A friend shared:
So, Åland is actually in the middle of an important shipping lane between Scandinavia and the Baltic Sea. Åland is also exempt from conscription and considered a demilitarized zone and could be very difficult to retake should it become occupied. Colleagues in the Finnish intelligence community have previously told me that these kind of innocent looking probes are quite common.
Interesting recce platform but likely effectively employed as a infowar move. While this will certainly play out as silly on the part of the Finns in the news, it’s noteworthy that tall ship and sailing based tourism are probably a significant part of the local economy. The article mentions locals had supported the ships visit.
Disclaimer: I’m far from an expert in this area so feel free to correct me if I’m way off on anything here.
The head of the Finnish military says it will not allow the Kruzenshtern – a Russian-flagged, four-masted military training vessel – to dock at Mariehamn, in the demilitarised island province of Åland, according to daily Hufvudstadsbladet. A security expert told the paper that it was likely that the actual purpose of the Russian request was to test its western neighbour’s reaction.
Russian officials had requested permission from the Finnish military for the 91-year-old warship Kruzenshtern to dock in Mariehamn on September 18-20. However the request was turned down by the Finnish Defence Forces, according to an article published Monday in Hufvudstadsbladet.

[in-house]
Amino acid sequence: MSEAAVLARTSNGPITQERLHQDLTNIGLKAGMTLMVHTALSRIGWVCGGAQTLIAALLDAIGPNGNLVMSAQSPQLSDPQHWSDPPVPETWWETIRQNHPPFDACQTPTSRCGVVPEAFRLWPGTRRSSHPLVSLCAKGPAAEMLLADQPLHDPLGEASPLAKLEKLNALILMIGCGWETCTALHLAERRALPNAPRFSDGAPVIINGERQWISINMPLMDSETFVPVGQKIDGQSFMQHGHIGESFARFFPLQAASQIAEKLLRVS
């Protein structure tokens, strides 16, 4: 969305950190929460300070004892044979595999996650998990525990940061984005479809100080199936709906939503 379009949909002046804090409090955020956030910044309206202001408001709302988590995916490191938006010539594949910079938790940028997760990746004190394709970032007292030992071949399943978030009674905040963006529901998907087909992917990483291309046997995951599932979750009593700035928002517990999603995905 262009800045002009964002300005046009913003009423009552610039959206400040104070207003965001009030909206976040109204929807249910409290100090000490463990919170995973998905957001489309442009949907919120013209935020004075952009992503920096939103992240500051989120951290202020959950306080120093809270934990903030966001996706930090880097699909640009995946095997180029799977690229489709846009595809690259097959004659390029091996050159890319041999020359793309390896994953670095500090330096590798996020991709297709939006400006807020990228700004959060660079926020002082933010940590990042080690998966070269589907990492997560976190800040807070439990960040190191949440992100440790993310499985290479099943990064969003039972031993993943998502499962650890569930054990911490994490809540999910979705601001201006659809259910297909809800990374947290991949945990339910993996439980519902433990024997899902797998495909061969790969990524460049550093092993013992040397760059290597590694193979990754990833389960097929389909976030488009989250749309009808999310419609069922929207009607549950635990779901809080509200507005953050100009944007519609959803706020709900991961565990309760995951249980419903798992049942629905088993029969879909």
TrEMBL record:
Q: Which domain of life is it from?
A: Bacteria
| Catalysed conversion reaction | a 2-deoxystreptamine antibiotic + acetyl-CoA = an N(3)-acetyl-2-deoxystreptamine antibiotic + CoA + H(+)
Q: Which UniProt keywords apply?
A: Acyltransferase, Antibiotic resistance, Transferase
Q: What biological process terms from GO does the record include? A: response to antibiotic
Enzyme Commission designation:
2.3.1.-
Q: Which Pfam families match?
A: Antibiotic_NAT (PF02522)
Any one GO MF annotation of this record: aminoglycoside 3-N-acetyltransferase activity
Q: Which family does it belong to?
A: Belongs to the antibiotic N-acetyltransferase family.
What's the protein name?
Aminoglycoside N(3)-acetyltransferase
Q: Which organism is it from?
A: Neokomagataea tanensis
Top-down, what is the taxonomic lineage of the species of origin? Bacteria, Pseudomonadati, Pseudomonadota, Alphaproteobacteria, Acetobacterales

The paper wrote that Finland’s Defence Command did not comment further on the motivations for its negative decision. The visit would have coincided with Zapad 2017, the joint Russian-Belarus joint strategic military exercises, which are scheduled to be held September 14-20 in various regions of those two countries.
International security and strategy expert Tomas Ries told the paper that the actual reason behind the request is likely that Russia was testing Finland’s reaction. Ries is Senior Lecturer at the Swedish National Defence College in Stockholm.
Security expert: “No coincidence”
Ries said that he thinks it was no coincidence the Kruzenshtern visit would have taken place at the same time as the Zapad 2017 exercises.
“It is no coincidence. This was carefully calculated and thought through. It is like Russia wanted to test Finland, in order to try to push the boundaries of what Finland would find acceptable. My assessment is that [in their decision] the Defence Command made it clear that this is something that Finland will not go along with,” Ries told the paper.
The historic Russian sailing ship has visited Finland in the past; the last time was earlier this summer during the Tall Ships’ Races in Turku and Kotka. Some local Åland leaders had hoped that a Kruzenshtern visit would improve the capital city Mariehamn’s chances of hosting the next Tall Ships’ Race in 2021.
The Kruzenshtern is owned by the Russian state-owned marine academy in Kaliningrad which trains cadets in the fishing industry and research. There are some 164 cadets currently aboard the ship.
The ship was originally built and flagged in Germany and made its first launch in 1926. Twenty years later Germany surrendered the ship to the Soviet Union as part of World War II reparations.